Mr. Obama won Iowa four years ago, but it swung Republican in the previous two presidential elections, backing George W. Bush in 2000 and 2004.

Representative Paul D. Ryan of Wisco nsin is considered an asset to Mr. Romney's campaign by 56 percent of voters surveyed, while 47 percent regard Vice President Joseph R. Biden Jr. a liability. But the favorability rating for the two running mates is fairly even: 46 percent have a favorable opinion of Mr. Ryan and 41 percent are unfavorable while 45 percent have a favorable view of Mr. Biden and 45 percent are negative.

On the other hand, Mr. Obama's favorability rating is higher than Mr. Romney's. A majority of voters, 54 percent, have a positive impression of Mr. Obama and 43 percent have an unfavorable opinion. In contrast, 44 percent have a favorable opinion of Mr. Romney and more, 51 percent, hold a negative view.

The telephone poll was conducted Sept. 23-26 with 650 likely voters by Selzer and Company.

Ryan Sees \'Media Bias\' in Campaign Coverage


At a time when the Republican presidential ticket has received some scolding from fellow conservatives for being insufficiently bold, the vice presidential nominee, Representative Paul D. Ryan of Wisconsin, suggested on Sunday that part of the problem might be in getting the message past the mainstream news media.

“It goes without saying that there is definitely media bias,” Mr. Ryan said on “Fox News Sunday.” He said he believed that most people in the news media were left of center and pro-Obama; that meant that he and his running mate, Mitt Romney, needed to take their message directly to the people.

Mr. Ryan declined to say exactly where he saw such bias.

At the same time, he acknowledged that the Republican campaign has had its flaws, including what he described as Mr. Romney's “inarticulate” comments about people who pay no taxes and receive government help.

“We've had some missteps,” he said, “but at the end of the day the choice is really clear.”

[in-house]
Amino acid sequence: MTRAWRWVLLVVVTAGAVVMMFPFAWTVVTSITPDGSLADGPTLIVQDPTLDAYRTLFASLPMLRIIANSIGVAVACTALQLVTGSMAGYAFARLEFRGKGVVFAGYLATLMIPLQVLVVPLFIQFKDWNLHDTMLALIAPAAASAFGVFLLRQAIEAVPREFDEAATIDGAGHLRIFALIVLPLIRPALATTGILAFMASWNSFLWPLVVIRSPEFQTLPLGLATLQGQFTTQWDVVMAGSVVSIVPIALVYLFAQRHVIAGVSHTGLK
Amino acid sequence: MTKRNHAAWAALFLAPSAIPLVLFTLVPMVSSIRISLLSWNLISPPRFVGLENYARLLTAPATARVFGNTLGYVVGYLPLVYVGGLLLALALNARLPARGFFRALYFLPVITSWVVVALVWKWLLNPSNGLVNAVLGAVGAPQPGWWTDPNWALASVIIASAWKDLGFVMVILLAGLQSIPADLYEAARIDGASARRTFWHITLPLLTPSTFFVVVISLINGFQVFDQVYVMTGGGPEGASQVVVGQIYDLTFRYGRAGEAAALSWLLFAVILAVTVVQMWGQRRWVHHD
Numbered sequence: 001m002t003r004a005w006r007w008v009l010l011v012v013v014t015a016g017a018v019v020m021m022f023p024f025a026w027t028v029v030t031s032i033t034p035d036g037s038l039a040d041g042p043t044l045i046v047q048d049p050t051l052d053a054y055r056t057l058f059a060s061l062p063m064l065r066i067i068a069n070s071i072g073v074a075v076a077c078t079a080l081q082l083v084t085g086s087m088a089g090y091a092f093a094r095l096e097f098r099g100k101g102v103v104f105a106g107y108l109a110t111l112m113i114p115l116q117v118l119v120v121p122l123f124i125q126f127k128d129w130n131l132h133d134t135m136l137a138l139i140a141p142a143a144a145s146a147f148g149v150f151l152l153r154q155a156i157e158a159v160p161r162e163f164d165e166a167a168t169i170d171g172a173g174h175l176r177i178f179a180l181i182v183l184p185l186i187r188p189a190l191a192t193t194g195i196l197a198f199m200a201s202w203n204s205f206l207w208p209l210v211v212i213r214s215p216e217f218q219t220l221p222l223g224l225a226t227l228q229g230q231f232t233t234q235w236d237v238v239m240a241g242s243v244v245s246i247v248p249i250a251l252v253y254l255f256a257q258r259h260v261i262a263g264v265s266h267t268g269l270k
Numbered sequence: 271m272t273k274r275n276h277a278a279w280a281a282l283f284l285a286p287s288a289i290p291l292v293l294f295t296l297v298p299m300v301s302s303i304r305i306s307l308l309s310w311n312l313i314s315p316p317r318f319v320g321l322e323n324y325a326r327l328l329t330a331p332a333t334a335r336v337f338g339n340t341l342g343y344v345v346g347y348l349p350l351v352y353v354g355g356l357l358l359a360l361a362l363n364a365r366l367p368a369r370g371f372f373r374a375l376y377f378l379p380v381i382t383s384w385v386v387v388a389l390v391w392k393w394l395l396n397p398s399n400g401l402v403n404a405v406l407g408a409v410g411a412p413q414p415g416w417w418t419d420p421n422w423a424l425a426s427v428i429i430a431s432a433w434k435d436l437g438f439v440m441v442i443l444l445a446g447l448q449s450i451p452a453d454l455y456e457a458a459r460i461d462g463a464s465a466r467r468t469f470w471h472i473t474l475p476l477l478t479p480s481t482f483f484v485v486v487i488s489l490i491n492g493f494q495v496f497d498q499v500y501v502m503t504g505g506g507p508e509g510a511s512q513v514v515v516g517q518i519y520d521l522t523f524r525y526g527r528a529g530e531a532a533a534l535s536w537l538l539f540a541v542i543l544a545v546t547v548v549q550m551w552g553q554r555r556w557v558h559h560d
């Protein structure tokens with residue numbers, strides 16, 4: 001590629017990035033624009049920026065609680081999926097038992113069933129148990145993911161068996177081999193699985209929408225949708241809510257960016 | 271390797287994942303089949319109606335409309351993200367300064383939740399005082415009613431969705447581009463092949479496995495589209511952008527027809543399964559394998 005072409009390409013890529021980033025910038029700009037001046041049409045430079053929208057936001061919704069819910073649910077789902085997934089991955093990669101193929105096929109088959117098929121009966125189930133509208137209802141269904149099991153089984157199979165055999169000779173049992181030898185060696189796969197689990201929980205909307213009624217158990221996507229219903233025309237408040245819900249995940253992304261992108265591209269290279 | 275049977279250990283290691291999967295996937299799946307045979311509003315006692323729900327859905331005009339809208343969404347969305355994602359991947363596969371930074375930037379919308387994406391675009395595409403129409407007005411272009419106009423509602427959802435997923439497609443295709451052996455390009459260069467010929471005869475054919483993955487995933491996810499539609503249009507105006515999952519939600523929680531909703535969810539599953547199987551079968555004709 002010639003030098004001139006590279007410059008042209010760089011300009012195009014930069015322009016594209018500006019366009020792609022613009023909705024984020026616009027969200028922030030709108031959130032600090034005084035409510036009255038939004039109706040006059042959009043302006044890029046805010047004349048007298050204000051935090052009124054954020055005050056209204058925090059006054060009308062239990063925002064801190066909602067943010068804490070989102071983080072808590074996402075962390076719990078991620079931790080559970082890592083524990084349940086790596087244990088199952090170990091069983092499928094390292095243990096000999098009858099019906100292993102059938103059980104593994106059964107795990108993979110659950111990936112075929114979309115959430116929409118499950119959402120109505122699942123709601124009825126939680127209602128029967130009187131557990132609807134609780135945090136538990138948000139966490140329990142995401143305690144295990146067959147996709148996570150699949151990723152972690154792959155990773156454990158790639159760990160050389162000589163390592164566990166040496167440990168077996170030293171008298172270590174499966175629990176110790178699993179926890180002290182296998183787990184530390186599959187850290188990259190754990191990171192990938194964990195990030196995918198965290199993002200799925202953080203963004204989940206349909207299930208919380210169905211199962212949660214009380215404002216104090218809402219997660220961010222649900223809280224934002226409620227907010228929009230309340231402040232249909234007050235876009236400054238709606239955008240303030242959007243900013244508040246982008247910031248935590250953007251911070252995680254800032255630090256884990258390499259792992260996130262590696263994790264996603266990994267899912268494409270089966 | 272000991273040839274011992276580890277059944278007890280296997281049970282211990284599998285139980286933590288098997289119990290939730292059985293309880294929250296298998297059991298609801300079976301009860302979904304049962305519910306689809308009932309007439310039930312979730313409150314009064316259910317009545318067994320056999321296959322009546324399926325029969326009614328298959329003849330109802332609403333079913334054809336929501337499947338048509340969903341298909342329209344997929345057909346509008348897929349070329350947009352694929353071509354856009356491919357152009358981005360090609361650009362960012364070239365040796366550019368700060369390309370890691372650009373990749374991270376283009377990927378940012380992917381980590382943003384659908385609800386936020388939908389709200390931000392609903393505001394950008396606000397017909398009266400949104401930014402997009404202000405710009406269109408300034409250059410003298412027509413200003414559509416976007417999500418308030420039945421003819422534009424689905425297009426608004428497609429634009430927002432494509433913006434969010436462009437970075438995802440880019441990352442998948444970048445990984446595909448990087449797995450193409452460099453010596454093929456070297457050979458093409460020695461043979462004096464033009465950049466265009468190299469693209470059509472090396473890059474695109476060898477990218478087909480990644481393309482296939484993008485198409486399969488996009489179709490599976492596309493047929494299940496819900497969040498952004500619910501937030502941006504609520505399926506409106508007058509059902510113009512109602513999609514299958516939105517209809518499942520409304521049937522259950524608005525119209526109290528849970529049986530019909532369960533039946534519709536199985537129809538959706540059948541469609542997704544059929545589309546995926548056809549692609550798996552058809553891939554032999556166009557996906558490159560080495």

Some conservative commentators contend that Mr. Romney is keeping Mr. Ryan too tightly collared, preventing him from making the full-throated arguments that many on the right are waiting to hear.

“I hear the hand-wringing in Washington,” Mr. Ryan said. He insisted, however, that “Mitt Romney has never once asked me to temper anything down.”

But one fellow Republican said on Sunday that complaining of media bias was not, perhaps, the most effective response.

“I'm not going to sit here and complain about coverage of the campaign,” said Gov. Chris Christie of New Jersey. “As a candidate, if you do that, you're losing.â €

Mr. Christie defended Mr. Romney but also said he did not “buy” the assertion by some critics that voter surveys showing Mr. Obama leading nationally and in key states were skewed.

What was needed, Mr. Christie said on ABC's “This Week,” was a “big and bold” showing by Mr. Romney in his debate against the president on Wednesday â€" “and that's what he's going to give us.”

David Plouffe, a senior White House adviser, playing the time-honored game of expectations-setting, said that Mr. Romney might have spent more time preparing for the series of debates starting Wednesday than anyone ever, and that “challengers tend to do really well in debates.” Still, he said on ABC, Americans would be drawn to Mr. Obama's defense of the middle class.

Mr. Ryan said that his own opponent in an Oct. 11 debate, Vice President Joseph R. Biden Jr., was no pushover, despite a reputation for shooting from the hip.

“He's fast on the cuff, he's a witty guy, he knows who he is, and he's been doing this for 40 years, so you're not going to rattle Joe Biden,” Mr. Ryan said. “Joe is very good on the attack.”

In his own preparations, Mr. Ryan said that he was not focusing on zingers or sharp one-liners. “I'm not really a line guy, I'm more of a gut guy,” he said.

“In the end of the day,” he said, “I'm just going to go in there and be me.”